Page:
10 12, 2018

Free-flowing Rivers Versus Dams

By | 2019-06-03T12:09:37-05:00 December 10th, 2018|Categories: Pack & Paddle, Winter 2018|

Many of us think of rivers and streams as fixed geographic features.  In fact, stream channels and the ecosystems that go with them are dynamic parts of our landscape that depend on a delicate equilibrium of natural forces.  Streams are characterized by a channel and surrounding alluvial flood plain that represent the geomorphic process of erosion and sediment transport. This channel structure results from an ongoing state of adjustment where local reaches of the stream are intimately interconnected with each other. A local change to the stream as seemingly inconsequential as occasional access for off road vehicles can affect the stream over large distances both up and down stream.  And it’s not just the structure of the stream itself.  The surrounding ecosystem depends upon the processes that create the stream environment.  Trees such as sycamore, box elder, and sweetgum are adapted to use exposed gravel bars as seedbeds.  Some of our favorite wildflowers require the rich soil of regularly refreshed alluvial soils that result from infrequent overflows during flood events. Dams, of course, represent an extreme alteration of the stream environment with especially severe consequences for the entire river corridor.  The body of stagnant water held by the dam causes the [...]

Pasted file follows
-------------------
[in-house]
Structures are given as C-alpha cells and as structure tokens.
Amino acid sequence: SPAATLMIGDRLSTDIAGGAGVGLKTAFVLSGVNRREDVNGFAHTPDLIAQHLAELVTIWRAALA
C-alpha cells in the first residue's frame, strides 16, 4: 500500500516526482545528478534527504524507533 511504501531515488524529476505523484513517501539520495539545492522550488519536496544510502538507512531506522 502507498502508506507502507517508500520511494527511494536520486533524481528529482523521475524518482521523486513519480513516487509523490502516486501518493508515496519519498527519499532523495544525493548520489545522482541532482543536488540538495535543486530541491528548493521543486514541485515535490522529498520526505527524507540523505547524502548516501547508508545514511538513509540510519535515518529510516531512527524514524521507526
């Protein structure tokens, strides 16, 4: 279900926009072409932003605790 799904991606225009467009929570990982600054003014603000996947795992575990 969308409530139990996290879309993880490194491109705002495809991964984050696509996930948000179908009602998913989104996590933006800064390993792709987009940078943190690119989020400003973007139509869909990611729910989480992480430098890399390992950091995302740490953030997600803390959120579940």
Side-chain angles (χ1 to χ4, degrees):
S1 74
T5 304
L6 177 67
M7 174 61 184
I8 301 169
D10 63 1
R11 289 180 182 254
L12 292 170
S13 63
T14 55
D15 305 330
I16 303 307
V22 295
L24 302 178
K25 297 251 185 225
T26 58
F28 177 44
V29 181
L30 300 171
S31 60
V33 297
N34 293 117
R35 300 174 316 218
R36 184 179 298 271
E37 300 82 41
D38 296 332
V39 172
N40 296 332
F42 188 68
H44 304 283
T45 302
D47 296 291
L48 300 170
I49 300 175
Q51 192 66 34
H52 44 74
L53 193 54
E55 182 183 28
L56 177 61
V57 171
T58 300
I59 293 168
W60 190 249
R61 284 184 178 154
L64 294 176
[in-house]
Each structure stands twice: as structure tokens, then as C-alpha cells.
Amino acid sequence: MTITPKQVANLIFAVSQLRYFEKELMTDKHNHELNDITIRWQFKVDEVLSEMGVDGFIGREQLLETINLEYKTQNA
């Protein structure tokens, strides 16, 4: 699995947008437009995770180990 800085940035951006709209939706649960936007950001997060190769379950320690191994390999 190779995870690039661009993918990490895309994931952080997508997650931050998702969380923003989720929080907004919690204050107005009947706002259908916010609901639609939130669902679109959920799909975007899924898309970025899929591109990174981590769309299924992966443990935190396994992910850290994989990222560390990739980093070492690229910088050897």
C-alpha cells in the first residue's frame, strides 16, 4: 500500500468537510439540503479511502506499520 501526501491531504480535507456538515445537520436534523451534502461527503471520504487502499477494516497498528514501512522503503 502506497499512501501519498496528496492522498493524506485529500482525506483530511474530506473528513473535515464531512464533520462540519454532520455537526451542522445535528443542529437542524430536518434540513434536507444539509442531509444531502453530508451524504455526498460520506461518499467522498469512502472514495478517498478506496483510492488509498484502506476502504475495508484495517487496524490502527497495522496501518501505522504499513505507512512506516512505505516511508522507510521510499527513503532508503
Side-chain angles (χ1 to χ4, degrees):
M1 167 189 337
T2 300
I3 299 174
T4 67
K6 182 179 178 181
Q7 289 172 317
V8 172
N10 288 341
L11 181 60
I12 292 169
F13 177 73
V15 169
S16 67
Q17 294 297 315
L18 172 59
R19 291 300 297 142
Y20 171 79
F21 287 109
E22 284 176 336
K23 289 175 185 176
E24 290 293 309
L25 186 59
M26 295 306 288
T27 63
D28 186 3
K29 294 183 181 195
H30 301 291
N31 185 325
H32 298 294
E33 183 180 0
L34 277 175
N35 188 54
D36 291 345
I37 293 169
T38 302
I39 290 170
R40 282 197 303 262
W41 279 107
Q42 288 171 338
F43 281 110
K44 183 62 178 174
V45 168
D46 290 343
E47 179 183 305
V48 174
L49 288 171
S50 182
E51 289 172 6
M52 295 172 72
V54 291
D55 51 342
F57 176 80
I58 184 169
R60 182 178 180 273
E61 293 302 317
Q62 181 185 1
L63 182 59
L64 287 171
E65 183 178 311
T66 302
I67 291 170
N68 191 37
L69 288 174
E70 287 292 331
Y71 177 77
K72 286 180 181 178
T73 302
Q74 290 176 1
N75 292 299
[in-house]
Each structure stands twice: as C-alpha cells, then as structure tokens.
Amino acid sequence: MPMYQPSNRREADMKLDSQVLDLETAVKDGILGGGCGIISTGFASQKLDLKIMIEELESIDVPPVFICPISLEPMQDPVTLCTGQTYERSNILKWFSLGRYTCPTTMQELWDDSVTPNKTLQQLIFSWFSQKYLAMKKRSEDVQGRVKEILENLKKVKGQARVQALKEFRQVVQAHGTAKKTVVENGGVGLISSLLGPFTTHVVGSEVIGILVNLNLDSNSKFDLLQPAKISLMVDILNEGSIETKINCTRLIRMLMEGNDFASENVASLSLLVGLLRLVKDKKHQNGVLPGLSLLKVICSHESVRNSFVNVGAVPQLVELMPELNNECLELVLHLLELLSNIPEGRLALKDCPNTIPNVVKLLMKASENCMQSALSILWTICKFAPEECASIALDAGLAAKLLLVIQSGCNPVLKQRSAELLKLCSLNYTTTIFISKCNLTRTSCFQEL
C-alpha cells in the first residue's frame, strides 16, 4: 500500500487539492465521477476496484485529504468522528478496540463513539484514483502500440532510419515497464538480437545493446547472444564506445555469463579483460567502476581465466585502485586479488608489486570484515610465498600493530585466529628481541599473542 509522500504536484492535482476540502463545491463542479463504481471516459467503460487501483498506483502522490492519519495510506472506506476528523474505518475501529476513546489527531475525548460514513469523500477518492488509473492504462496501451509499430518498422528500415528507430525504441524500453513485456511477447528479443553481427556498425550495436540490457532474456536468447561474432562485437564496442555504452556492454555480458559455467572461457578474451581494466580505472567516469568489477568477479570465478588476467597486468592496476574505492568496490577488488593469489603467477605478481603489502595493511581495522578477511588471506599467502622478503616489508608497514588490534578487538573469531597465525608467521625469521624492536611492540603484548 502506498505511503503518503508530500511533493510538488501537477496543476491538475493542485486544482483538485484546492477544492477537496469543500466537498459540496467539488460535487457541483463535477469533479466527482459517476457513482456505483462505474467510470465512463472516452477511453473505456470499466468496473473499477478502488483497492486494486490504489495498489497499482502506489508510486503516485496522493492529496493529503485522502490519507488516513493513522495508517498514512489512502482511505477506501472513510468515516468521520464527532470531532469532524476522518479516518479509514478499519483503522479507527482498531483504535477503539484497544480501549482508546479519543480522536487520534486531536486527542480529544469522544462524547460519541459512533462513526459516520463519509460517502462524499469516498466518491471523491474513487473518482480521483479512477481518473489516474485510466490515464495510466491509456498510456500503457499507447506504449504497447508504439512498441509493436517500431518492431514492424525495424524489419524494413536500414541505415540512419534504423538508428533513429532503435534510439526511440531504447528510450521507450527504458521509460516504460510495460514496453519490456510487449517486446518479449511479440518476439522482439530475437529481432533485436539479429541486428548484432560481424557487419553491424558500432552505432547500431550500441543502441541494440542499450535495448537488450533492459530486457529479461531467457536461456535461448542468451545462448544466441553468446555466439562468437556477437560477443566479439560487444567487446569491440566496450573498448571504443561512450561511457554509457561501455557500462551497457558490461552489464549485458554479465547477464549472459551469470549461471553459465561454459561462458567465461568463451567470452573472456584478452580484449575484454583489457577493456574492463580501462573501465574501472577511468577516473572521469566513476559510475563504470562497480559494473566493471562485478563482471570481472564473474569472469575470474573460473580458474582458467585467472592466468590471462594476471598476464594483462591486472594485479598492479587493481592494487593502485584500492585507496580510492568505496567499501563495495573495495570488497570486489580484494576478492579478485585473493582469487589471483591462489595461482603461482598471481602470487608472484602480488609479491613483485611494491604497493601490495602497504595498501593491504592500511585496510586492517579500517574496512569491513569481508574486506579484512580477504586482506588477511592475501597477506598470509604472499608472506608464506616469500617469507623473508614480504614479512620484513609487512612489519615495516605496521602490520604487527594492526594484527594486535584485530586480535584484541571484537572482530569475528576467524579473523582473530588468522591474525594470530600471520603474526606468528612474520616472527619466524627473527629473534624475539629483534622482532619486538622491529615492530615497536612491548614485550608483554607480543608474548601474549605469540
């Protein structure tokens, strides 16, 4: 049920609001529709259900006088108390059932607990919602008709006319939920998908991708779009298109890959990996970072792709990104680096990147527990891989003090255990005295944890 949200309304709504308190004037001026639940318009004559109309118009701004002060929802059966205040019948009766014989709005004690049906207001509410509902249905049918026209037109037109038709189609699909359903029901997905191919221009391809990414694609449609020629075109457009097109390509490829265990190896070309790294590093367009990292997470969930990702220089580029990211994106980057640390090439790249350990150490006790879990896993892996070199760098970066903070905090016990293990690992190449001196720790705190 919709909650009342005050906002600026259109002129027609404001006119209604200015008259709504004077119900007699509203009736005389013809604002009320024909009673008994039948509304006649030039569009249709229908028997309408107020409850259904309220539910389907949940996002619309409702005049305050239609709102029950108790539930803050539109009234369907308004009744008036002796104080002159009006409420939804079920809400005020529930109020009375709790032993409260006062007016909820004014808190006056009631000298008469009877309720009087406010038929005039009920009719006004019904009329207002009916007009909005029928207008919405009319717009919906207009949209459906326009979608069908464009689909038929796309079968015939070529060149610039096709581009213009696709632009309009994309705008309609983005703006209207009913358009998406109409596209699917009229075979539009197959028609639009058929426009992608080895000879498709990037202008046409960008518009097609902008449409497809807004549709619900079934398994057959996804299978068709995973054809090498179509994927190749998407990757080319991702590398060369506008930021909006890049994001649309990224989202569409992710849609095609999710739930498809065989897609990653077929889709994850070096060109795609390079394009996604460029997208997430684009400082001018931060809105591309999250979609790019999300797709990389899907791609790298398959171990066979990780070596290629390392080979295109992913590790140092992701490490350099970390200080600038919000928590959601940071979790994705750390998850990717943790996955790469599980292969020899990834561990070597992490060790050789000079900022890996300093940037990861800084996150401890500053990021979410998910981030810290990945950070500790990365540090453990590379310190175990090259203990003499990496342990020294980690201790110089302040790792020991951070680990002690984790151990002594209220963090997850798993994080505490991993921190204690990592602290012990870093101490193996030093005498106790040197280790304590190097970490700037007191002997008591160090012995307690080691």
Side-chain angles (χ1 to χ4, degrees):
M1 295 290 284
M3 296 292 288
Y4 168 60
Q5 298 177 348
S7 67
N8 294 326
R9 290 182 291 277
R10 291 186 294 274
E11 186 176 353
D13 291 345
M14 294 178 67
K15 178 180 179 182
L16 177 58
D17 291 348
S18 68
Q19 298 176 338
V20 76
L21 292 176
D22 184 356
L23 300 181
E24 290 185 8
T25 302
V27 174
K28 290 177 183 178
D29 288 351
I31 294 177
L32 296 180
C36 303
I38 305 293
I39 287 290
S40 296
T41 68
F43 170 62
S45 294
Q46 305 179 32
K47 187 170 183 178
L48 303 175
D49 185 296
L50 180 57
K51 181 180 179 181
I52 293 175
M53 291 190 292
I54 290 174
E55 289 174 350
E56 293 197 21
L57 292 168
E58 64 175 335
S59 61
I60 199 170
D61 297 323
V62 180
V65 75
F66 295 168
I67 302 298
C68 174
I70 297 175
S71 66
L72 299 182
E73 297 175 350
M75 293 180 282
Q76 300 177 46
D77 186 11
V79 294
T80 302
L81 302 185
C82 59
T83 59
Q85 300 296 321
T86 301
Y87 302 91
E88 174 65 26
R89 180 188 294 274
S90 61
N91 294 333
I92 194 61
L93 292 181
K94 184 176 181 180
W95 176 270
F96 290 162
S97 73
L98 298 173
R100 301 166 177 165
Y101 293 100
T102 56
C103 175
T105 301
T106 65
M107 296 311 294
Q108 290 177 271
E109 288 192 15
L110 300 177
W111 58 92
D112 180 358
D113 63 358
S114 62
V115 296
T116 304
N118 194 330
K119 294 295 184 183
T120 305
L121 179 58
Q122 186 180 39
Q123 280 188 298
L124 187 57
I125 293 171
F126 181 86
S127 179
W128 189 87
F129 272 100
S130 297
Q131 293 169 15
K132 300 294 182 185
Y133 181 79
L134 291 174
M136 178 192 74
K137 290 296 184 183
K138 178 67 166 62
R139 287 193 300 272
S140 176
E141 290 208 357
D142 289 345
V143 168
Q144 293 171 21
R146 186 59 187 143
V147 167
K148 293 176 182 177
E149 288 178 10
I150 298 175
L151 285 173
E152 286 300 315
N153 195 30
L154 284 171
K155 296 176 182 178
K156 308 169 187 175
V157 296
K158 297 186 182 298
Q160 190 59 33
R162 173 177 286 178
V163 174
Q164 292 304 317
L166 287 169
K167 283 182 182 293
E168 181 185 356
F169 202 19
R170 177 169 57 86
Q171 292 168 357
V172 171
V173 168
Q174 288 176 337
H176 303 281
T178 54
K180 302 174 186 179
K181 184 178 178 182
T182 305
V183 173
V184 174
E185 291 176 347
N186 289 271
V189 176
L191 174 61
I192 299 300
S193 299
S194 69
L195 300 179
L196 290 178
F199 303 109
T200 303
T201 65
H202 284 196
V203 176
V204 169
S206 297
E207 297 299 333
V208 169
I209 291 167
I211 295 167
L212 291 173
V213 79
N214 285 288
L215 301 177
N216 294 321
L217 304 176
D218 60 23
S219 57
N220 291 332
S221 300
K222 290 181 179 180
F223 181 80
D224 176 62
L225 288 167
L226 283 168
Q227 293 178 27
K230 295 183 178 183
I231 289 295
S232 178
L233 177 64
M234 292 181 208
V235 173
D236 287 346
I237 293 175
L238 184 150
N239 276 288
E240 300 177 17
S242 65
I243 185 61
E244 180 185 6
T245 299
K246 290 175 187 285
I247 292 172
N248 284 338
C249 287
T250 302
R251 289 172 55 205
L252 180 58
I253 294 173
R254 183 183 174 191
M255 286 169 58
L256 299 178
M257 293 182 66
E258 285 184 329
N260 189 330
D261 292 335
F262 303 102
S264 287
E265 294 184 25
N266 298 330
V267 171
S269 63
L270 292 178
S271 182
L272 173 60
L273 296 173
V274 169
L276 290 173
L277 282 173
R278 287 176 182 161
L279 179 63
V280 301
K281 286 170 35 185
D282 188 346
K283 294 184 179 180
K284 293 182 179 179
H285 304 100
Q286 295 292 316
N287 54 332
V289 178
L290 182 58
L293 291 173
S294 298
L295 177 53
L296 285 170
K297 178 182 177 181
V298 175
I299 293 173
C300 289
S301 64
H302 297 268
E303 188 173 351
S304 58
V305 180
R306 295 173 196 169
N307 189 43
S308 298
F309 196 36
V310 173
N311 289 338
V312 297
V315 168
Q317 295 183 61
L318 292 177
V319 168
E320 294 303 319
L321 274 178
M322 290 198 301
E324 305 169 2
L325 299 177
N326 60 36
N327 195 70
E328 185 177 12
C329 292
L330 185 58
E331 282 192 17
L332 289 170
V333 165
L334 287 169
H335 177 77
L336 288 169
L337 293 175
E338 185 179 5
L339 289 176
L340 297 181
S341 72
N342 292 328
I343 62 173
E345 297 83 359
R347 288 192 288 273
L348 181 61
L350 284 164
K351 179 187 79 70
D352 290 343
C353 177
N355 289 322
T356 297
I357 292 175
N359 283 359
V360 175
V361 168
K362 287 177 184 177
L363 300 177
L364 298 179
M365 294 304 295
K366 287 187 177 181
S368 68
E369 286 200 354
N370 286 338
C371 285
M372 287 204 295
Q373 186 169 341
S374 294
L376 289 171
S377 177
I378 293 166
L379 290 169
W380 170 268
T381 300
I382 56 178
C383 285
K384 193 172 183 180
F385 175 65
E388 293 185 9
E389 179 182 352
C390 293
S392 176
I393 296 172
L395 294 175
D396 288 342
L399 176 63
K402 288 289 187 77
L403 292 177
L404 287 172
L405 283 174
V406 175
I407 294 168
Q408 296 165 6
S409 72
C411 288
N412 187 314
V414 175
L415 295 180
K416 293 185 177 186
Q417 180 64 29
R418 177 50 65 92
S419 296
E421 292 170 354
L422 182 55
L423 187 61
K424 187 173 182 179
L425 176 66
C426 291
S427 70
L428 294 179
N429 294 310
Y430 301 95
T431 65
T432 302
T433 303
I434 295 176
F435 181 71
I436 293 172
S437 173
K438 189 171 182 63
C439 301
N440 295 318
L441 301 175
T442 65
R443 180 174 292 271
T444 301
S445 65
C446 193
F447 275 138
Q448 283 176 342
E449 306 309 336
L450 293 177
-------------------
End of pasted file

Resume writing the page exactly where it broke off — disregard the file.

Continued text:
10 12, 2018

High-Pointing the States: Part Four – The Southeast Corner

By | 2019-06-03T12:09:44-05:00 December 10th, 2018|Categories: Pack & Paddle, Winter 2018|

This is the fourth in a series of my adventure to visit as many of the fifty US states' highest points as I can. This time it's the southeast corner of the US: Florida, Alabama and Georgia. I did this trip a few days before my 40th High School reunion in Franklin, Tennessee, in October of 2014. Florida At only 345 feet, Britton Hill, Florida is the lowest high point in the country. The hill is located just off US Hwy. 331 near Florala, Alabama. It also tops the highest point in the peninsula, Sugar Loaf, by 33 feet. I started my trip early on October 22nd, hoping to get from Little Rock to the high point before dark. I went down to Hattiesburg, Mississippi and then went east toward Montgomery and then south on Hwy. 331. I took this route to see this area for the first time. I reached Florala just before dusk. Florala is a resort and retirement area about 90 minutes north of Panama City, that has a small lake and an Alabama State Park. I took a city street east out of town to a county road that would take me the 5 miles or so [...]

7 09, 2018

High-Pointing the States: Part Three – The Western Swing